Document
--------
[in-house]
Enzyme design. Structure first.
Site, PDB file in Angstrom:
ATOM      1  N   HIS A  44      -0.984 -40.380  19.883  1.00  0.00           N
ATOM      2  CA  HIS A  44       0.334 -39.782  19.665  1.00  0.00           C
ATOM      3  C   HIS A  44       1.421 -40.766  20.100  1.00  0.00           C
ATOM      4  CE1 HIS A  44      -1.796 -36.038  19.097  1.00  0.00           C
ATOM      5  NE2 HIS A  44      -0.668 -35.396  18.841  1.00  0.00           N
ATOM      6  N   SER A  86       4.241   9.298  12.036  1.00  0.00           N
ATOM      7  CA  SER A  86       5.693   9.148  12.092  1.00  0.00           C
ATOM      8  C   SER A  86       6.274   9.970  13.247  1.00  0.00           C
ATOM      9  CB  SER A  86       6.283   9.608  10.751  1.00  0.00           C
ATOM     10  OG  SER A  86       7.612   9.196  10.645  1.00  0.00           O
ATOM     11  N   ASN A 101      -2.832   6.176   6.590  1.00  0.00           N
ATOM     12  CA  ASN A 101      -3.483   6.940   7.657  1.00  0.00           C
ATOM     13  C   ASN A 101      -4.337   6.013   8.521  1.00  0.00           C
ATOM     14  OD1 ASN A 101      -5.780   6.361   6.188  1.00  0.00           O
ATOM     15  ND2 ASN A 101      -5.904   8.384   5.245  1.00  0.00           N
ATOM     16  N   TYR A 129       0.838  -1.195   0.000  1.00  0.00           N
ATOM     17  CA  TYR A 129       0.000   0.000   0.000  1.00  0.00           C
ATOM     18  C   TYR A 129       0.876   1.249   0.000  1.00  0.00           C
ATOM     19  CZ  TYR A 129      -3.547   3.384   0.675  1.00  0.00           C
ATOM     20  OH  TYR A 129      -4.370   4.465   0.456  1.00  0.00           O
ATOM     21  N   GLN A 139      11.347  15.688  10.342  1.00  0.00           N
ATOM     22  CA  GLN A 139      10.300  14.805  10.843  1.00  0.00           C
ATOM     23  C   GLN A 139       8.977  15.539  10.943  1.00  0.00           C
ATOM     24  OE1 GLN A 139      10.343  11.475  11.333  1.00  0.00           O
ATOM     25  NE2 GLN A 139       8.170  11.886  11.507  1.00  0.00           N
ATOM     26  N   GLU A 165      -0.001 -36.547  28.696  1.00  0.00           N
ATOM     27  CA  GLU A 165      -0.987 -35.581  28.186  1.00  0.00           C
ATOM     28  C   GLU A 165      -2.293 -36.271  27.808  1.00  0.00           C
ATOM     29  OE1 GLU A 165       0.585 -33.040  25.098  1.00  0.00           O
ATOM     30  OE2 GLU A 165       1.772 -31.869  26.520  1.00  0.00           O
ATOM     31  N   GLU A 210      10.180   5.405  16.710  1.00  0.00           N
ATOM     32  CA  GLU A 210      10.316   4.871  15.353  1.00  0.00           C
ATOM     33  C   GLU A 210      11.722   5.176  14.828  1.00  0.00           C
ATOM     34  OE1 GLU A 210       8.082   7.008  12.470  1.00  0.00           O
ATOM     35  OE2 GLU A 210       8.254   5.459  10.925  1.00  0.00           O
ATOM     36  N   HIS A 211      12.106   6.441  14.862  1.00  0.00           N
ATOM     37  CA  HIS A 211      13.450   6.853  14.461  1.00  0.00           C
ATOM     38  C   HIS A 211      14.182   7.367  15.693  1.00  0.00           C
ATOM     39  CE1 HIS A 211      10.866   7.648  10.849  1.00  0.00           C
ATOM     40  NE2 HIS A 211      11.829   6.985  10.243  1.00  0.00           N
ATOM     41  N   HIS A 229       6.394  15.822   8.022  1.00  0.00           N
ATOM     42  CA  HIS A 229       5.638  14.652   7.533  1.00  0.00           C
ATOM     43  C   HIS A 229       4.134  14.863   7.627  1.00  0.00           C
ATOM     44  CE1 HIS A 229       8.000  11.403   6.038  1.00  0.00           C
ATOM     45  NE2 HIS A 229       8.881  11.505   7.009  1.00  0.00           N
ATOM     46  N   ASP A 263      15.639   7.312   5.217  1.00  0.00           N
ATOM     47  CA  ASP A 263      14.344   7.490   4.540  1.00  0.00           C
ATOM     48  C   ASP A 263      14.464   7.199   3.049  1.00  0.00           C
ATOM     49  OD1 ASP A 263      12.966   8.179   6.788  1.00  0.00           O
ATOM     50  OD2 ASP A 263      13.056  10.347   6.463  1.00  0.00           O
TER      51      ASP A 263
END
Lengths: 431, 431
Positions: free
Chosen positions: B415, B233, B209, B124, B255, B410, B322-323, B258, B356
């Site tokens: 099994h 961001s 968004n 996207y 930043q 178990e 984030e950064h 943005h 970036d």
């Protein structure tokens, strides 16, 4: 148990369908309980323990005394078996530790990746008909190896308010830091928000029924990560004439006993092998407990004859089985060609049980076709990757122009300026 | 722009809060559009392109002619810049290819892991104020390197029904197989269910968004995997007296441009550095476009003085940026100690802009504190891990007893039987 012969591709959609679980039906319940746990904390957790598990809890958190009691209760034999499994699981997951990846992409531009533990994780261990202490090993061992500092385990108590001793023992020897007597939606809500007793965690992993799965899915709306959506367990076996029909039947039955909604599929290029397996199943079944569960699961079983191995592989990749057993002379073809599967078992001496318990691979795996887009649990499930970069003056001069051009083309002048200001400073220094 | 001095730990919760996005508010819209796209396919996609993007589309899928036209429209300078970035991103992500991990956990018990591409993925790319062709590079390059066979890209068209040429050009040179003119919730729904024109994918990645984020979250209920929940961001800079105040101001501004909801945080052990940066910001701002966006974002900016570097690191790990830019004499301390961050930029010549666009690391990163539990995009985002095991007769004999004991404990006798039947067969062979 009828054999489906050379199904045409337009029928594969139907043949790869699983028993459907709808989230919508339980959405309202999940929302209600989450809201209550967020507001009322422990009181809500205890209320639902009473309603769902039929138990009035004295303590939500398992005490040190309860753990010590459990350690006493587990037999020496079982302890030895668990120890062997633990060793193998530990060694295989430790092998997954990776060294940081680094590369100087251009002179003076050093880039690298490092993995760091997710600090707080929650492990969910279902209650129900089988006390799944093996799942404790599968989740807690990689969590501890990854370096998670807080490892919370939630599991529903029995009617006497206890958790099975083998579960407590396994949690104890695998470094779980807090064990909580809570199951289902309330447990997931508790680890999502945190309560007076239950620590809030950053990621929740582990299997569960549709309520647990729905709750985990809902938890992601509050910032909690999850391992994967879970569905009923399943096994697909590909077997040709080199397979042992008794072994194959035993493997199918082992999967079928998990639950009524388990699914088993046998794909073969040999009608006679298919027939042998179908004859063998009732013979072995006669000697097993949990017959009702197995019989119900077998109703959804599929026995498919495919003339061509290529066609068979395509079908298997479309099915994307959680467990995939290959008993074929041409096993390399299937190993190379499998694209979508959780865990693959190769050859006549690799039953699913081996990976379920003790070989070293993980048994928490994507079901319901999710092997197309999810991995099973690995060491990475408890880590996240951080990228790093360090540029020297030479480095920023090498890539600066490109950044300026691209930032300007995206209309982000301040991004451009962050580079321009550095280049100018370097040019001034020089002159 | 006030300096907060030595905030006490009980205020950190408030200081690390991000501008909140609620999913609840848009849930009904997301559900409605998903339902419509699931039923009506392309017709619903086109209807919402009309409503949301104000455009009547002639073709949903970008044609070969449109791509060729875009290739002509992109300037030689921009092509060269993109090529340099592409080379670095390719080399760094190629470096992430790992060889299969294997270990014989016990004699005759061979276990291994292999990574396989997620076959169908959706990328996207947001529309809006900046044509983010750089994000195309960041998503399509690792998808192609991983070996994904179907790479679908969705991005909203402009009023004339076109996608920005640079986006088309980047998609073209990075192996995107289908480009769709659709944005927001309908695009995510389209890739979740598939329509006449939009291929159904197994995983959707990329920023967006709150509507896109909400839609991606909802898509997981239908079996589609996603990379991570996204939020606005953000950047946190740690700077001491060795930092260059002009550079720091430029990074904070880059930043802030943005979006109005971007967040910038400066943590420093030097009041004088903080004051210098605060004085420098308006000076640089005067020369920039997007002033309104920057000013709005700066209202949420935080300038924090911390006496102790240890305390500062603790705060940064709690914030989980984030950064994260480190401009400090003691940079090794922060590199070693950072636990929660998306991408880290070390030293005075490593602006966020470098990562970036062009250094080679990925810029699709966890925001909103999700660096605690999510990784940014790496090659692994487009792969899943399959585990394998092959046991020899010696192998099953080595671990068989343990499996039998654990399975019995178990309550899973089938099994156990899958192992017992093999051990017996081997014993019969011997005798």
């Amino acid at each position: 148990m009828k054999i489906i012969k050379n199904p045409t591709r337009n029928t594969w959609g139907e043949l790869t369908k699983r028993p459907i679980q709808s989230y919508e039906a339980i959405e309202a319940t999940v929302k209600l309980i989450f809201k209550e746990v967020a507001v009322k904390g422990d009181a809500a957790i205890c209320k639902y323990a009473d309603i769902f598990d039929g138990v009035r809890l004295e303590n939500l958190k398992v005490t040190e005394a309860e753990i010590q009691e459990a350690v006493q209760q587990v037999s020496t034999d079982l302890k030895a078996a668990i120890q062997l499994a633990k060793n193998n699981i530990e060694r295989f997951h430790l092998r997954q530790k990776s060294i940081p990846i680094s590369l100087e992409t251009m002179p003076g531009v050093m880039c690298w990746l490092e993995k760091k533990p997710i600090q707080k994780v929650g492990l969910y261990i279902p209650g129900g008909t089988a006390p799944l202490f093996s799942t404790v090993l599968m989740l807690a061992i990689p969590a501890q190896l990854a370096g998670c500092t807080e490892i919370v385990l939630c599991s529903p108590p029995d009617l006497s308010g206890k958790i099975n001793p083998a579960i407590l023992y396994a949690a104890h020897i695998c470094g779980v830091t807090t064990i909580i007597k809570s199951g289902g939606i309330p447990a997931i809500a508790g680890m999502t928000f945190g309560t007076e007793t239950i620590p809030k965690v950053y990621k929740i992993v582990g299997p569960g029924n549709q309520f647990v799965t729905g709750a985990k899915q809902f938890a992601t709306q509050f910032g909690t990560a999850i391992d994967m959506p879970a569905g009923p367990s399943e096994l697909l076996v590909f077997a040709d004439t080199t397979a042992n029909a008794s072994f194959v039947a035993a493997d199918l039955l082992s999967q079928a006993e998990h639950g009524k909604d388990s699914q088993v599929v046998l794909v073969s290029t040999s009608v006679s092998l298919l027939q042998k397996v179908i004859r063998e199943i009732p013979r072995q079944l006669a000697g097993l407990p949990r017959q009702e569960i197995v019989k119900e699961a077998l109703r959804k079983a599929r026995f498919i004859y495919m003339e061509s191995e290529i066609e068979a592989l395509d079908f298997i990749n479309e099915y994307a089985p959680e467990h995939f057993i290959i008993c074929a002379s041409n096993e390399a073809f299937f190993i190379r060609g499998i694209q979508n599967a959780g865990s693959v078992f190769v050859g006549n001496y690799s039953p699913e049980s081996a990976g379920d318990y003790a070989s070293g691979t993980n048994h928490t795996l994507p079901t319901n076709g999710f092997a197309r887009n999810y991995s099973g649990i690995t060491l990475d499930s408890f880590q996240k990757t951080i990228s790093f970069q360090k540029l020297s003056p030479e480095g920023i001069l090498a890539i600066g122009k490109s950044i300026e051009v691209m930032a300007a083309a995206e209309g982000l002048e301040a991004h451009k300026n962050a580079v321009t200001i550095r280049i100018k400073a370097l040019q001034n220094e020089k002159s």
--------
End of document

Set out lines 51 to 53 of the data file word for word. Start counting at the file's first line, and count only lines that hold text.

ATOM     48  C   ASP A 263      14.464   7.199   3.049  1.00  0.00           C
ATOM     49  OD1 ASP A 263      12.966   8.179   6.788  1.00  0.00           O
ATOM     50  OD2 ASP A 263      13.056  10.347   6.463  1.00  0.00           O